by Shari Lapena
*I received a copy of this book from the author’s publicist with the request that I read it and write a review. I received no compensation for this review with the exception of a free copy of the book.
Anne and Marco Conti are a young married couple living in Upstate New York. It would appear that they have it all – a beautiful home in the right neighborhood, money to spare, good looks, and a new baby. But of course, things aren’t always what they appear to be.
One fateful night, their babysitter cancels at the last minute. Rather than cancel their plans to attend a dinner party right next door, they decide to leave their six-month old baby at home asleep in her crib. They take the baby monitor with them next door, and diligently go home to check on little Cora every half hour. Even so, when they finally leave their neighbors’ home and return to their own that night, they find their front door ajar, and the crib is empty.
It’s difficult to offer a summary of a psychological thriller like this without giving too much away, but I will say that this story is of the same caliber as Gone Girl and The Girl On the Train. It’s an absolute page turner – totally fucked up, but in a good way. Every time I thought I understood what was really going on, another twist in the story revealed itself.
The premise of the story – parents leaving their child unattended – is timely in this age of hypervigilant parenting, and the current culture of judging and vilifying parents who don’t meet arbitrary standards that seem to grow higher and higher all the time. Of course we all think it’s horrible that any parent would leave a baby alone at home – but how dangerous is it really to leave a baby right next door, taking reasonable precautions like the Contis did (and how many of us have done something at some point that put our children at risk, or at least that we know other parents would disapprove of)? And yet, the worst happens to the Contis – the worst fear that every parent has – their baby is taken.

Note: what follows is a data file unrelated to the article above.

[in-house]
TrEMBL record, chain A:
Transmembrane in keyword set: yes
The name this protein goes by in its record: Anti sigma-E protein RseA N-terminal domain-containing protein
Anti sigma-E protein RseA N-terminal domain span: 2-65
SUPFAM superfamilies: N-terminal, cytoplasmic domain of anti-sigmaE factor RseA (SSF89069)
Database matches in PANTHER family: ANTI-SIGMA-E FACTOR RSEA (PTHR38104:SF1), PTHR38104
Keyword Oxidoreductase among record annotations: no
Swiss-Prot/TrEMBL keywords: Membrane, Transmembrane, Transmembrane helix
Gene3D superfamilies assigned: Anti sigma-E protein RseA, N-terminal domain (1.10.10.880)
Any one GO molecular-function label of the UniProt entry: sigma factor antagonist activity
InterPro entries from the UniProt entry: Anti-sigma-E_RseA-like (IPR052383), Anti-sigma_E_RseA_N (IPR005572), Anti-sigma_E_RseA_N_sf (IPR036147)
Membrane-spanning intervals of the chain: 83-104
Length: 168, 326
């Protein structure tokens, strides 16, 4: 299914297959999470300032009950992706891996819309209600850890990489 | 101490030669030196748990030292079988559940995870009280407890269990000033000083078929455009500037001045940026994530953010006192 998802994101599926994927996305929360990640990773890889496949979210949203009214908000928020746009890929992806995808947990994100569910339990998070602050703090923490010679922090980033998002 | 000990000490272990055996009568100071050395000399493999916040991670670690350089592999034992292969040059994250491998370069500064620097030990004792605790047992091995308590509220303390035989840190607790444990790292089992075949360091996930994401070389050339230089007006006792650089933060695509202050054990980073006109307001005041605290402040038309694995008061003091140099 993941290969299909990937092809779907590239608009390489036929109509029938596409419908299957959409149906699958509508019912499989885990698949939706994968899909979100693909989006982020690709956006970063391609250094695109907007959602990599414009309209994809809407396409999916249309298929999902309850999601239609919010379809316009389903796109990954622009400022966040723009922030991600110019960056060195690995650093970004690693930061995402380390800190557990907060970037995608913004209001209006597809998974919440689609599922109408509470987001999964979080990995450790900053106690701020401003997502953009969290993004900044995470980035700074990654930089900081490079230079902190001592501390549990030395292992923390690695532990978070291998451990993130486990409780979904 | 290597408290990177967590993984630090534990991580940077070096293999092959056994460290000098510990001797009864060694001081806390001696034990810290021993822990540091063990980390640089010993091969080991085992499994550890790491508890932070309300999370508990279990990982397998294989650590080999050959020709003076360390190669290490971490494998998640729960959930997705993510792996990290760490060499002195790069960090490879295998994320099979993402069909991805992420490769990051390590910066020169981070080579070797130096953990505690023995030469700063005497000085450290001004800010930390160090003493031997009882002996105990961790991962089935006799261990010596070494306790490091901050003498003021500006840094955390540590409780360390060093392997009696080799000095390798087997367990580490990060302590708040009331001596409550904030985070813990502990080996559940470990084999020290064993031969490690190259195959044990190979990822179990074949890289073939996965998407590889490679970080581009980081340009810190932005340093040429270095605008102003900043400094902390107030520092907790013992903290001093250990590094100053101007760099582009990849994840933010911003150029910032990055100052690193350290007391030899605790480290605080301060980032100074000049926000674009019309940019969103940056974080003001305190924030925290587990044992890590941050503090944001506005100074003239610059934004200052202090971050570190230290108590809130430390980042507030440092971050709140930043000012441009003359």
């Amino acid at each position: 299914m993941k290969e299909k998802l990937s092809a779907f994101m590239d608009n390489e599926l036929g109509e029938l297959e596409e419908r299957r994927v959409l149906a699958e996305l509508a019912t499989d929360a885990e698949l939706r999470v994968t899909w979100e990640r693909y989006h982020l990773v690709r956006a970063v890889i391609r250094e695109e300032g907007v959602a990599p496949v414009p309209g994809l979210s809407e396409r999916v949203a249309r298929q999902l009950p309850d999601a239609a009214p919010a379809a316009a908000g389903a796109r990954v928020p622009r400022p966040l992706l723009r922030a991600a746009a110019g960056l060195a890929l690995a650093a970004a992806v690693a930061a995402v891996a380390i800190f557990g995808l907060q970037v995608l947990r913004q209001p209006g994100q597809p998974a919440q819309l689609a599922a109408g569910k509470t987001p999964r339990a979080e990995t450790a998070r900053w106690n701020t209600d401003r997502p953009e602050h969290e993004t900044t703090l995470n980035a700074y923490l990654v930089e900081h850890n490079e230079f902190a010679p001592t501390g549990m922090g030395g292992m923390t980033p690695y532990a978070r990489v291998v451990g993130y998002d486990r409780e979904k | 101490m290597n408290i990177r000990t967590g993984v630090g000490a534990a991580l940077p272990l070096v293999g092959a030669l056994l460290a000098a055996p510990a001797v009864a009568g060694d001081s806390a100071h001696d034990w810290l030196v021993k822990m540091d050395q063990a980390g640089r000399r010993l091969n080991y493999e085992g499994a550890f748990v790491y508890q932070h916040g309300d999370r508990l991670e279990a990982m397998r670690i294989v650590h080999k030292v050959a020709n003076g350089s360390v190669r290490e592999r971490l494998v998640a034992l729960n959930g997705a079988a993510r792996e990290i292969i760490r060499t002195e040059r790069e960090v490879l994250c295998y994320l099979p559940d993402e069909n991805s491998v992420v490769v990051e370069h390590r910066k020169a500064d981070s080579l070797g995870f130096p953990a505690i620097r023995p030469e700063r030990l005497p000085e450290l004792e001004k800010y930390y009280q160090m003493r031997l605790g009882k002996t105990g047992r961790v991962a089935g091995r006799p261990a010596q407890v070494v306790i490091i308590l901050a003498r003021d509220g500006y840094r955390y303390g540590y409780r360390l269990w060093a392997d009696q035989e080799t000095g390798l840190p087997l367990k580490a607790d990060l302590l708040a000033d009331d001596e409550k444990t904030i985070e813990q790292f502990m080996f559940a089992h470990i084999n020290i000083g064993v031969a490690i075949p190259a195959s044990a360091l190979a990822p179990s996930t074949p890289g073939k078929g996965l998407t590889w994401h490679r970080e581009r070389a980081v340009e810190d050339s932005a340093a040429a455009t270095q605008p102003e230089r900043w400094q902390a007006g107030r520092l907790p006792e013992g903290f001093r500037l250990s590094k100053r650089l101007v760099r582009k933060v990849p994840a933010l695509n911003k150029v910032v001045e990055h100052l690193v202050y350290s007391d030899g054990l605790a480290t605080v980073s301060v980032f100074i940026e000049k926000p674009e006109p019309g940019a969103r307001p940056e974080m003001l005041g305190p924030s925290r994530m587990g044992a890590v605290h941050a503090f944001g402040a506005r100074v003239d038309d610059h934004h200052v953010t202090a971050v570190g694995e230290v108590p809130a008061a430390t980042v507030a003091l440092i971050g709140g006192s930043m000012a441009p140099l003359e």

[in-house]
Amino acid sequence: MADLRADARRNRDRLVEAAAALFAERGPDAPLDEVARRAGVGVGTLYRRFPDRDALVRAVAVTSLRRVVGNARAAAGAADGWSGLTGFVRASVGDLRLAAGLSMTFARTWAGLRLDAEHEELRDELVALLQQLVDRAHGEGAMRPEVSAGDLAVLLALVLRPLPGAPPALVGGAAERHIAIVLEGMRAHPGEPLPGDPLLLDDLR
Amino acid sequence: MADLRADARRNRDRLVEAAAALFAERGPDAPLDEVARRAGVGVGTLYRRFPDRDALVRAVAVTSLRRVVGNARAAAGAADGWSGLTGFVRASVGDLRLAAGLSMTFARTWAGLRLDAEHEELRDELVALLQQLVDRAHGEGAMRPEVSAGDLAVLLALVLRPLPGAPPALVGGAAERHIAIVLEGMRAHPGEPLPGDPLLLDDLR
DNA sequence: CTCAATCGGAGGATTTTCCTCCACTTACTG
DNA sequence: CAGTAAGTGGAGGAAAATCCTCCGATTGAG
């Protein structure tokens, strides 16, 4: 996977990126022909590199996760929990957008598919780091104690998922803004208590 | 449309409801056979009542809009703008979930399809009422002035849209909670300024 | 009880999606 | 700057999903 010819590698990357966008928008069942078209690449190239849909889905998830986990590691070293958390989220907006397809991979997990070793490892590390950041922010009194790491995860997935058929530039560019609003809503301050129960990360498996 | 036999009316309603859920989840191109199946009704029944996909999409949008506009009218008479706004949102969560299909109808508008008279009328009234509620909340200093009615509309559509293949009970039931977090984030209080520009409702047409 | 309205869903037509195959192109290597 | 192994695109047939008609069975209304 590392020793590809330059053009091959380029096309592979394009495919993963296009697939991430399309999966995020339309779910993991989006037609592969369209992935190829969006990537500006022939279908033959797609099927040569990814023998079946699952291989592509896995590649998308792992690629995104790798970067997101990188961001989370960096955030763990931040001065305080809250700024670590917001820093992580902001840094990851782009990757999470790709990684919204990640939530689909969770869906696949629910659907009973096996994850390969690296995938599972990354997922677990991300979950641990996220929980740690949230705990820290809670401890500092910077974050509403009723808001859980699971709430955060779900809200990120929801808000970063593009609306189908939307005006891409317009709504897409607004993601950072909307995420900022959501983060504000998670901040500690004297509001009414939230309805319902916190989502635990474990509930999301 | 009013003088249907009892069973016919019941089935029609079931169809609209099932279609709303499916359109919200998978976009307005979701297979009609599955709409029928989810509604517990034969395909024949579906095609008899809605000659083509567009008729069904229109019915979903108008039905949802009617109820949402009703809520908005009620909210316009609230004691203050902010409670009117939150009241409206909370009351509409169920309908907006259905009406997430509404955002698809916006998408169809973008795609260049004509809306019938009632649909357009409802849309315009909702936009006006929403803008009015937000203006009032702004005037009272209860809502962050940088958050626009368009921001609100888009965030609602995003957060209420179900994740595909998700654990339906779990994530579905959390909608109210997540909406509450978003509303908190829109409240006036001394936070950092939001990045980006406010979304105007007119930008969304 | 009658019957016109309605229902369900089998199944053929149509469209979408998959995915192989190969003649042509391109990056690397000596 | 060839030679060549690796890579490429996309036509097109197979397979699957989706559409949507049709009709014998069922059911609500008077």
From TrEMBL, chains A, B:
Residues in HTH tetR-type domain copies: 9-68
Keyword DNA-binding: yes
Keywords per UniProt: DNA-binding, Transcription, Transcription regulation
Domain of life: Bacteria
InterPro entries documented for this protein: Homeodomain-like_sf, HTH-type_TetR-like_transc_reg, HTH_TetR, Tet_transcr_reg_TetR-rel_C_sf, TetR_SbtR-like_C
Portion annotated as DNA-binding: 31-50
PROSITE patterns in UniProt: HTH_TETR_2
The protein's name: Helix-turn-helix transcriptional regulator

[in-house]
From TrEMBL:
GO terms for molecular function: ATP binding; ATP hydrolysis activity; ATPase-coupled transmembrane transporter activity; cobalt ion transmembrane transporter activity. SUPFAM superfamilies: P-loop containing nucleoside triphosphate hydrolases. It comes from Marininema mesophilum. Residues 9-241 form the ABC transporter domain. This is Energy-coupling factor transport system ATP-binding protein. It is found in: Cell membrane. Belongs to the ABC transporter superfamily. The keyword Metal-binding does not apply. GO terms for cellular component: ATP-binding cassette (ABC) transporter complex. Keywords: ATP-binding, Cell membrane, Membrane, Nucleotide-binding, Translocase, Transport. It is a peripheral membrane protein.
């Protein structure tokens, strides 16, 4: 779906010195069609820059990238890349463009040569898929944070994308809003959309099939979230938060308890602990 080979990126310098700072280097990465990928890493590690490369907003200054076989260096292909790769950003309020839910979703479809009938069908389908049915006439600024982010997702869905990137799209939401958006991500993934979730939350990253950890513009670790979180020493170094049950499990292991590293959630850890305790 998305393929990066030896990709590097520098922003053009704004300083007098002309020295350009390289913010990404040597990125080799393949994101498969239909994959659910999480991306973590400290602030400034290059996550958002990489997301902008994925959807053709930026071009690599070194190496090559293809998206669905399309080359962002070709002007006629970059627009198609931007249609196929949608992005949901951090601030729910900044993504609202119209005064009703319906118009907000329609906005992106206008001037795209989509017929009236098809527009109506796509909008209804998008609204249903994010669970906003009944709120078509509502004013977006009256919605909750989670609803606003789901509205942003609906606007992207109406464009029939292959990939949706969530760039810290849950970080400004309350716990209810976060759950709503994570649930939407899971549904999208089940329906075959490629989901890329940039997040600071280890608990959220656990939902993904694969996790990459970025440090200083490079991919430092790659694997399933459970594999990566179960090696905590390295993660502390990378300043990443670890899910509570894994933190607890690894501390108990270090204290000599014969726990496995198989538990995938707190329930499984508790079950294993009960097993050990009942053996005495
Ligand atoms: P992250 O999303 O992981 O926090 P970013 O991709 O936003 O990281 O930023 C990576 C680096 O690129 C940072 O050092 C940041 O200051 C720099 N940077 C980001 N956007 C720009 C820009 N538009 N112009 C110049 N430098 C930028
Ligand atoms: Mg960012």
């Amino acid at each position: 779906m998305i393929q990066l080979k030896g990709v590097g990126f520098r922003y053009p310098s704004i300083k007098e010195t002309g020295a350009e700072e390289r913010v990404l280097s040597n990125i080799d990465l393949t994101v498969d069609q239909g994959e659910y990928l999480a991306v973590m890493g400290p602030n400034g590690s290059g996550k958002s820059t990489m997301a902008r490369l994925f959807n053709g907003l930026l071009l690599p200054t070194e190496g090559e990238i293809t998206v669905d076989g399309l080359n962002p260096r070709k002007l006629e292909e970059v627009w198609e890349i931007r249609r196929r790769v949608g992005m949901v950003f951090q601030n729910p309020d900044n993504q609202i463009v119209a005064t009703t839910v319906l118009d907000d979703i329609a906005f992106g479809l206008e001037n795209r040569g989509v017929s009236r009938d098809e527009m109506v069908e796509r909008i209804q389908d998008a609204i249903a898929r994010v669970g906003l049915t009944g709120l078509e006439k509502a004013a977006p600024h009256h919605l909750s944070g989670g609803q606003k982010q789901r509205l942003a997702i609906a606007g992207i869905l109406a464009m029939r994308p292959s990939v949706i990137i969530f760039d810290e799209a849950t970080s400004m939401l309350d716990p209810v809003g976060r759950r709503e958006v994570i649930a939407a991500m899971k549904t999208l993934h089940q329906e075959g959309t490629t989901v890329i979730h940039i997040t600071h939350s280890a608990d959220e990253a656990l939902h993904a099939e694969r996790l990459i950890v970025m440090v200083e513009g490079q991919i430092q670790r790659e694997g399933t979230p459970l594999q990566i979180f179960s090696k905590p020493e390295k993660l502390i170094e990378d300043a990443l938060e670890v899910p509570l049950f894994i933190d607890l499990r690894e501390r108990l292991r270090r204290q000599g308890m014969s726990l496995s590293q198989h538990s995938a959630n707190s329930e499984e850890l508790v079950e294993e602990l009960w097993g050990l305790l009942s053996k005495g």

I admit that I was reluctant to read a story about an abducted baby; I don’t think I have the stomach for a story that features horrible things befalling a baby. The baby in this story, however, plays a pretty minor role, so take heart.
Deliciously twisted. And perfect for a book club discussion.